Salazar lost himself in the steady cut and thrust of the match, watching and
listening and predicting. Almost
immediately, Godric stepped forward, seeking to force him back, but Salazar
refused to yield. Godric’s face was hard
and set; all joking was gone, and their blades clashed, clanging and shining in
the dim autumn light.
of the corner of his eye, Salazar noticed that Rowena hadn’t left after
all. She stood side by side with Helga,
and the two witches watched in silence, their faces glum and eyes sad.
Thrust. Sidestep. Lunge.
He almost lost his hand, but whipped his blade away just in time. It was a deadly dance, and Godric’s left arm
was bleeding; he’d flung it in the way of a slash that would have cut his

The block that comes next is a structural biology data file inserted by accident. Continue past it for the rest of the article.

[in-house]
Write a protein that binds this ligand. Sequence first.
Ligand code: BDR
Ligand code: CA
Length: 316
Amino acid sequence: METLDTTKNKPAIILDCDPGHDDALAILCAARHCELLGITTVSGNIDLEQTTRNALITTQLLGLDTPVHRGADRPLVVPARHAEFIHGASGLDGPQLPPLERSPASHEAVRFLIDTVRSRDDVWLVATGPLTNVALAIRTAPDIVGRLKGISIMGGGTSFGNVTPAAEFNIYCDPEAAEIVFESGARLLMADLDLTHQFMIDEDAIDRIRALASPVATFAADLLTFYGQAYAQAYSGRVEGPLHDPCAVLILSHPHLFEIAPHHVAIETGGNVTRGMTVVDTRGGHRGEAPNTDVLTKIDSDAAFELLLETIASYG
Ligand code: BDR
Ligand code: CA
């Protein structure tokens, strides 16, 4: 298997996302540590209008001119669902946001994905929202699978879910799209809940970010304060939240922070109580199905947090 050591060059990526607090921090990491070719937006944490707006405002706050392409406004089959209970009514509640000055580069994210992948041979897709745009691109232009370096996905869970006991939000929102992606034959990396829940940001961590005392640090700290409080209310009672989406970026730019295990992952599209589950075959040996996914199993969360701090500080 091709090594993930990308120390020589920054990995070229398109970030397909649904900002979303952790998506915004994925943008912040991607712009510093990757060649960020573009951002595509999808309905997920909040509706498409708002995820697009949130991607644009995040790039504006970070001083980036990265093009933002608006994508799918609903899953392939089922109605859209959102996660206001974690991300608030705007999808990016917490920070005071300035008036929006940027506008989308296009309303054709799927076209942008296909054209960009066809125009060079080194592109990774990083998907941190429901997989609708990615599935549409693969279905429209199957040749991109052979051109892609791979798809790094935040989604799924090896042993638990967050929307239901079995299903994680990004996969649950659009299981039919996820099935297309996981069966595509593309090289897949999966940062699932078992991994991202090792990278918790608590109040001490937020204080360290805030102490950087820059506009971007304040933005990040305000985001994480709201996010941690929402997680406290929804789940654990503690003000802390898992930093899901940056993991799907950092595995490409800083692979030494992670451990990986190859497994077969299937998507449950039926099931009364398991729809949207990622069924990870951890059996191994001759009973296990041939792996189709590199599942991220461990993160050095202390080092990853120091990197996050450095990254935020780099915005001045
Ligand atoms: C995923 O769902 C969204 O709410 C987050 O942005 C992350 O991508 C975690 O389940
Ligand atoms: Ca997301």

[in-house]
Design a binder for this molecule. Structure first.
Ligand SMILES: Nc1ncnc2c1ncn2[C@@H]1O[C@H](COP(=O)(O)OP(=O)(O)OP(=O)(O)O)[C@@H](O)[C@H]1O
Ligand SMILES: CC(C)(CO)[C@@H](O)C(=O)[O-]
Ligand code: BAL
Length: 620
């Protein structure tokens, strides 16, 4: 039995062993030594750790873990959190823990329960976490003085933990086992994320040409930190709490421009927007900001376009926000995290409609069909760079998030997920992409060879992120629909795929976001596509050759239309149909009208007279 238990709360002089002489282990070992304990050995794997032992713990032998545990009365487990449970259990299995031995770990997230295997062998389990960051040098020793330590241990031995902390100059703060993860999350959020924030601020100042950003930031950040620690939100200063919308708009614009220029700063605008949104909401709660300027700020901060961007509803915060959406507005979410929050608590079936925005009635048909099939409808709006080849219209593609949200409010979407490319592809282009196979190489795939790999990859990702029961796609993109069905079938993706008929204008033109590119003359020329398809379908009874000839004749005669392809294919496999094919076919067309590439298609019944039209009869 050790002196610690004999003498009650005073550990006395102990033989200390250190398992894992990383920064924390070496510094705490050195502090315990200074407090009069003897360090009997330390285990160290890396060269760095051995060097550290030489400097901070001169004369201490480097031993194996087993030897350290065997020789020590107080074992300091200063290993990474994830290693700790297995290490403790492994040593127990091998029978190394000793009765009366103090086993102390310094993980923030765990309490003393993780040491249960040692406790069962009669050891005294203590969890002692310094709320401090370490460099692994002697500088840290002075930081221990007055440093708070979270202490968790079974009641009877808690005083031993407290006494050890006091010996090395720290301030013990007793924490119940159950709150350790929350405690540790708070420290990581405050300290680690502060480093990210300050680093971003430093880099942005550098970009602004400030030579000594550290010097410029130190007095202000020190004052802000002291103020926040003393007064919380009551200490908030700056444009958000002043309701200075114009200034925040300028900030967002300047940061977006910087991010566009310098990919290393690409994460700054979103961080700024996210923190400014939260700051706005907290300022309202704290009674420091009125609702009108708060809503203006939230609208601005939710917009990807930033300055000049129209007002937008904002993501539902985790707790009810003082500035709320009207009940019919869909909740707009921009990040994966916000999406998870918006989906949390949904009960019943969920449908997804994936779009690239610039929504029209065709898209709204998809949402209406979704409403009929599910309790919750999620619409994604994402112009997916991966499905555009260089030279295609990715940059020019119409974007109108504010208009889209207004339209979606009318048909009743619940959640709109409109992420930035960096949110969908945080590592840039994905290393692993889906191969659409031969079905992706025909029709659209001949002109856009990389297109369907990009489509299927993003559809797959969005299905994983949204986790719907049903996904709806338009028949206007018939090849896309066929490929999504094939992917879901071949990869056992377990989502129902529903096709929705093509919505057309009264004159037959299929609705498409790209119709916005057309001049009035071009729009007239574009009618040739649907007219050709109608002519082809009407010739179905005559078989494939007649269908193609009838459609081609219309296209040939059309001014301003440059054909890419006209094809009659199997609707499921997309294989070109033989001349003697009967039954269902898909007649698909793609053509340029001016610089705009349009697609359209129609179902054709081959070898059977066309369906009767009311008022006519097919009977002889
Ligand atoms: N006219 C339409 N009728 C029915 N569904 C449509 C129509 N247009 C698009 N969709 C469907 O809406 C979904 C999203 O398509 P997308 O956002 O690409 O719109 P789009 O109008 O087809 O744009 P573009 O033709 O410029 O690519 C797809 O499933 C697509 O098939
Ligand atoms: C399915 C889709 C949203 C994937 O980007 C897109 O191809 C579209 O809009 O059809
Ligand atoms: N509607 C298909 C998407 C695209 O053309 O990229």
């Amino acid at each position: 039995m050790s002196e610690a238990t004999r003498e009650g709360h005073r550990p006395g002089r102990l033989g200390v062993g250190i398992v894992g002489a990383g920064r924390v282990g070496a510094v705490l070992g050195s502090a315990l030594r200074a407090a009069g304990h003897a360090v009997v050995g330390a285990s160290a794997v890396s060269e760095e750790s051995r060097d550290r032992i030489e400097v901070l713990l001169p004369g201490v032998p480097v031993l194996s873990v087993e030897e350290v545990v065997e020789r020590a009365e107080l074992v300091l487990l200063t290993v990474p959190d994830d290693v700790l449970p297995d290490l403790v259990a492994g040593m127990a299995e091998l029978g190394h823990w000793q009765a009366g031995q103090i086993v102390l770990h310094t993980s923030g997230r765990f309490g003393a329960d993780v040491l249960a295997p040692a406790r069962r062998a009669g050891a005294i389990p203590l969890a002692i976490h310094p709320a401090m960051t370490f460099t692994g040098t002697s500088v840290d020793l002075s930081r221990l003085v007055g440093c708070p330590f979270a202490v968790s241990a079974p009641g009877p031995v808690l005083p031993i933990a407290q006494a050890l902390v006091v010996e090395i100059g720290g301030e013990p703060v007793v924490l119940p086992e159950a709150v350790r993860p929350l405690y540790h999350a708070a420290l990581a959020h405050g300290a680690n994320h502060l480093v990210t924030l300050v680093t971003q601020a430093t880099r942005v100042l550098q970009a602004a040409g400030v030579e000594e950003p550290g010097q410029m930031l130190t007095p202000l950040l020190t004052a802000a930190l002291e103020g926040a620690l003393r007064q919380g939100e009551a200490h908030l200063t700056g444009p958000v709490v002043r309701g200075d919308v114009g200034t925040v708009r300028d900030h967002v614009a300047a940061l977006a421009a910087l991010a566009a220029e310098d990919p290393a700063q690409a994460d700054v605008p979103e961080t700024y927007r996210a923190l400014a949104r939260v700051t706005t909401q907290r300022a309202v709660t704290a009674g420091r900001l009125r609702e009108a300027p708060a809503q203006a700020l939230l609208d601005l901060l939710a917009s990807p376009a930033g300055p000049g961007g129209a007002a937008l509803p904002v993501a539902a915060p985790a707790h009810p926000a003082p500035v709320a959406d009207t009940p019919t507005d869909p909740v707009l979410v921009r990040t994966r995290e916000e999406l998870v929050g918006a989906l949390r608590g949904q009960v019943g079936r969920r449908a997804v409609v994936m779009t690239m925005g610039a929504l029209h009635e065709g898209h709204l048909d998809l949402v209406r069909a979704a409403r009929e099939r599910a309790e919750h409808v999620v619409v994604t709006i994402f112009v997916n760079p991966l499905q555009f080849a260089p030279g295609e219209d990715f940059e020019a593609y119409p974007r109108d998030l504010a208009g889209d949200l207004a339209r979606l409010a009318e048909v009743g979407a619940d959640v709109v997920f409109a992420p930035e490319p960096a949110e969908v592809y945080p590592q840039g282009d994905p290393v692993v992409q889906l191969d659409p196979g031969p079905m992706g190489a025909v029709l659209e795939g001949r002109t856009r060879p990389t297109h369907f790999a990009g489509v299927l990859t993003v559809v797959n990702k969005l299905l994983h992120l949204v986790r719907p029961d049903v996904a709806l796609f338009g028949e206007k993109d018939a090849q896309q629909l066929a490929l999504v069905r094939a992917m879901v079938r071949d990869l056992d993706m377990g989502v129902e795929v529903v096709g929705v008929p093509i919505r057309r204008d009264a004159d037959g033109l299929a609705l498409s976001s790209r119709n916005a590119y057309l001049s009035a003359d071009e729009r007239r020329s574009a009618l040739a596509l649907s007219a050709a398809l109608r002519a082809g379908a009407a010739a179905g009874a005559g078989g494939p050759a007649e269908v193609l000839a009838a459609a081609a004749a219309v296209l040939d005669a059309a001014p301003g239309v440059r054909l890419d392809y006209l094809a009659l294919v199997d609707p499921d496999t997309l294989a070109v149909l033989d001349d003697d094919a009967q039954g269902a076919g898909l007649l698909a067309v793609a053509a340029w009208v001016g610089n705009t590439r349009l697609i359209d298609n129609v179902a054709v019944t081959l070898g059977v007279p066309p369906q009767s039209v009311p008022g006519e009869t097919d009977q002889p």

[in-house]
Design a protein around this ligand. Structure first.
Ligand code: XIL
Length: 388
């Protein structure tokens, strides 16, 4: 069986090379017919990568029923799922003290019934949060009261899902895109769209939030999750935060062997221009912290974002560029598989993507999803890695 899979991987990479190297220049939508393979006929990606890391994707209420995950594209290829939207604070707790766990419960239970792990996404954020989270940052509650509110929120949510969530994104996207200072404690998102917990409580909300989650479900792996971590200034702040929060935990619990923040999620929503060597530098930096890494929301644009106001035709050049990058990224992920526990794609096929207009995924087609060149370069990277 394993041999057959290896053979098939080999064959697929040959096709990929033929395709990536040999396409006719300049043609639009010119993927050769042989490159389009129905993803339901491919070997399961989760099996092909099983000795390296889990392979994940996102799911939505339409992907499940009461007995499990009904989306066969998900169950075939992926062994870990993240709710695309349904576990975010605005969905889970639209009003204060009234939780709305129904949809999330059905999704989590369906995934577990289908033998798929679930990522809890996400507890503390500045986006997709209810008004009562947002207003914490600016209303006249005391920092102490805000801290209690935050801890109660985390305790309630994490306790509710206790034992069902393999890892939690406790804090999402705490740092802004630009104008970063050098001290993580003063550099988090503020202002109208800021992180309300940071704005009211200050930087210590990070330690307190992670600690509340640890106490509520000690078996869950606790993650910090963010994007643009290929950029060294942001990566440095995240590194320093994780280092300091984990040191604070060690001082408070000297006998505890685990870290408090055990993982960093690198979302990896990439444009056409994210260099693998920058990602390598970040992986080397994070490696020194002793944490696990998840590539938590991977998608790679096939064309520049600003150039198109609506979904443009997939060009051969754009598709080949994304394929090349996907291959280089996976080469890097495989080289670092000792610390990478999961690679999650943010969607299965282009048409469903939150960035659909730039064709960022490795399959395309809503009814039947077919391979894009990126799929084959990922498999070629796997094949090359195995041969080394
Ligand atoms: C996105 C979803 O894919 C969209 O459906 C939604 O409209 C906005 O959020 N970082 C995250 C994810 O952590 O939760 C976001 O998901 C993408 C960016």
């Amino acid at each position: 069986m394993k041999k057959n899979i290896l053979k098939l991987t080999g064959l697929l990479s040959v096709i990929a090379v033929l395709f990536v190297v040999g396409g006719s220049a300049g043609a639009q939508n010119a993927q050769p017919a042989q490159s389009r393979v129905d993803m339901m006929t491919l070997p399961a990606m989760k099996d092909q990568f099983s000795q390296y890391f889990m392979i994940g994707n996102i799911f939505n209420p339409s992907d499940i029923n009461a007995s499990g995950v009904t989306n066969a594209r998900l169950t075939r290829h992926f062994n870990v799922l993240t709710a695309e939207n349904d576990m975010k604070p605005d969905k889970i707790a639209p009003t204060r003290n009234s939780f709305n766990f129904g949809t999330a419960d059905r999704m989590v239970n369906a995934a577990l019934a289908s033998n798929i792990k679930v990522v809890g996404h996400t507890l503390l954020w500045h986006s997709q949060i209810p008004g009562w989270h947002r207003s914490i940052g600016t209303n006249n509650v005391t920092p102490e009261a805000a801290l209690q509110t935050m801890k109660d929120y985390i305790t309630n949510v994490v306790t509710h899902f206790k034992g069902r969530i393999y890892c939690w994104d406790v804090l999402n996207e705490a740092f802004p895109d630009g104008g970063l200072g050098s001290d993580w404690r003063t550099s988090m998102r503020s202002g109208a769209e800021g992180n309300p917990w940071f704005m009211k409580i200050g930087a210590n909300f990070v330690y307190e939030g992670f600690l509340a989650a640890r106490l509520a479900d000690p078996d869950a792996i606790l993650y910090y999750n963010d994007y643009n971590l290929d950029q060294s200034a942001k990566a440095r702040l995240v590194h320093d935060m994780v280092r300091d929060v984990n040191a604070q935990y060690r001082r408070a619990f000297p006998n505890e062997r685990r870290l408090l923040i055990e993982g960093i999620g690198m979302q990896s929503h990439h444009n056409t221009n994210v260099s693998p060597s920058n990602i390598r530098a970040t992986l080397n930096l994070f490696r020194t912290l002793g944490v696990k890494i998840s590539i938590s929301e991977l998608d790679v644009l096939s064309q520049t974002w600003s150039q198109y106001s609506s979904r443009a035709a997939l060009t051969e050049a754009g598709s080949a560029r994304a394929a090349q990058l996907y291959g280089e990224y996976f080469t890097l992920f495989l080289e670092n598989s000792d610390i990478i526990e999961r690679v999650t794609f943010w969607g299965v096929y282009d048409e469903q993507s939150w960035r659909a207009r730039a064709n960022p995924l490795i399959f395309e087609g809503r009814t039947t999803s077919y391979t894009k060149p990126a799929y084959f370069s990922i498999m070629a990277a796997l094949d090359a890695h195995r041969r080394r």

throat open from ear to ear. Salazar
twisted to the left, hurriedly interposing his blade between his body and
death, but wasn’t quite fast enough. The
sharp kiss of pain exploded along his left leg as Godric got his first cut in,
and Salazar jumped back before more damage could be done. Godric followed him, leaning in and pressing
There. Salazar saw the opening even as it
disappeared, the single weakness in Godric’s guard. But their blades continued flashing as the
sun slipped fully behind a cloud, and even Salazar’s sharply focused mind
realized how much time had passed. Sweat
poured down his face, and Godric was breathing hard and fast. They were tiring quickly now, for neither
wizard was as young as they had once been, and this wasn’t the method in which
their kind usually fought. Perhaps in
youth they had fenced for sport, but now the duel depended fully upon
experience and skill. Both knew it could
not last much longer; at eighty-three and eighty-four, they had to end soon.
Parry. Dance. Ignore the leaden pain in the legs. His limbs were growing impossibly heavy, and